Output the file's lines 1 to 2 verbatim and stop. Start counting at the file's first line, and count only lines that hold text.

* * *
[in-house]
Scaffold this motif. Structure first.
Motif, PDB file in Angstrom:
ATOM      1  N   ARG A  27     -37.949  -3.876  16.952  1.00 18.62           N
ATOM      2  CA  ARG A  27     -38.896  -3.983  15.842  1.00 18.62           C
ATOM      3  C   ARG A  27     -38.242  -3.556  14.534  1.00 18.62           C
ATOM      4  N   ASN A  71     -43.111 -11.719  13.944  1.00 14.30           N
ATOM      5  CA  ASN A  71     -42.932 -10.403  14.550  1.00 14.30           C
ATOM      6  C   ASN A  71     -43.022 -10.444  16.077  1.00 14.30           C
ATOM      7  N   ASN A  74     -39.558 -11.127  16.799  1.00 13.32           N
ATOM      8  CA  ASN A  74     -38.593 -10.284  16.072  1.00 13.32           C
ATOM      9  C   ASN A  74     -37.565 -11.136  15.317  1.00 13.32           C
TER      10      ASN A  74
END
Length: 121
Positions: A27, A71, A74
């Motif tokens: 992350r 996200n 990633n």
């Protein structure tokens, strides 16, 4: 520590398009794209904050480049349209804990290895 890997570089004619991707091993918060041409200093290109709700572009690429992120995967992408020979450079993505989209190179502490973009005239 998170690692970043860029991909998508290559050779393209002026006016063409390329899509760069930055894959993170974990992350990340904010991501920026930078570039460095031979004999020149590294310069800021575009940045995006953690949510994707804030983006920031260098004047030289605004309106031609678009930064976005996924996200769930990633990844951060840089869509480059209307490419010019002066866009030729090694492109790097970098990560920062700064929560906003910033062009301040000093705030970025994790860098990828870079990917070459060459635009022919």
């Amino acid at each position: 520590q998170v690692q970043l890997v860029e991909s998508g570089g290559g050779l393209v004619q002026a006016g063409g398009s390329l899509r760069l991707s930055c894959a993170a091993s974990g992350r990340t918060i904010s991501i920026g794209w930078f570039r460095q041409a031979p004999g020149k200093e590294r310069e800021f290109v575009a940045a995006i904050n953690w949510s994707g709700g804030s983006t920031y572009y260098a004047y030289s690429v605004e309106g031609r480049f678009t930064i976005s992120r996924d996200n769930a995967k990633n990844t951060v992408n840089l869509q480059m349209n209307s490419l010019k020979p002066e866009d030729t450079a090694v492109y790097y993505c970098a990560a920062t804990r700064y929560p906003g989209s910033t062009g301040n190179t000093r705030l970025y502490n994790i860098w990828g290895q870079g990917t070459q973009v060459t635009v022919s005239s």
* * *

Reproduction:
[in-house]
Scaffold this motif. Structure first.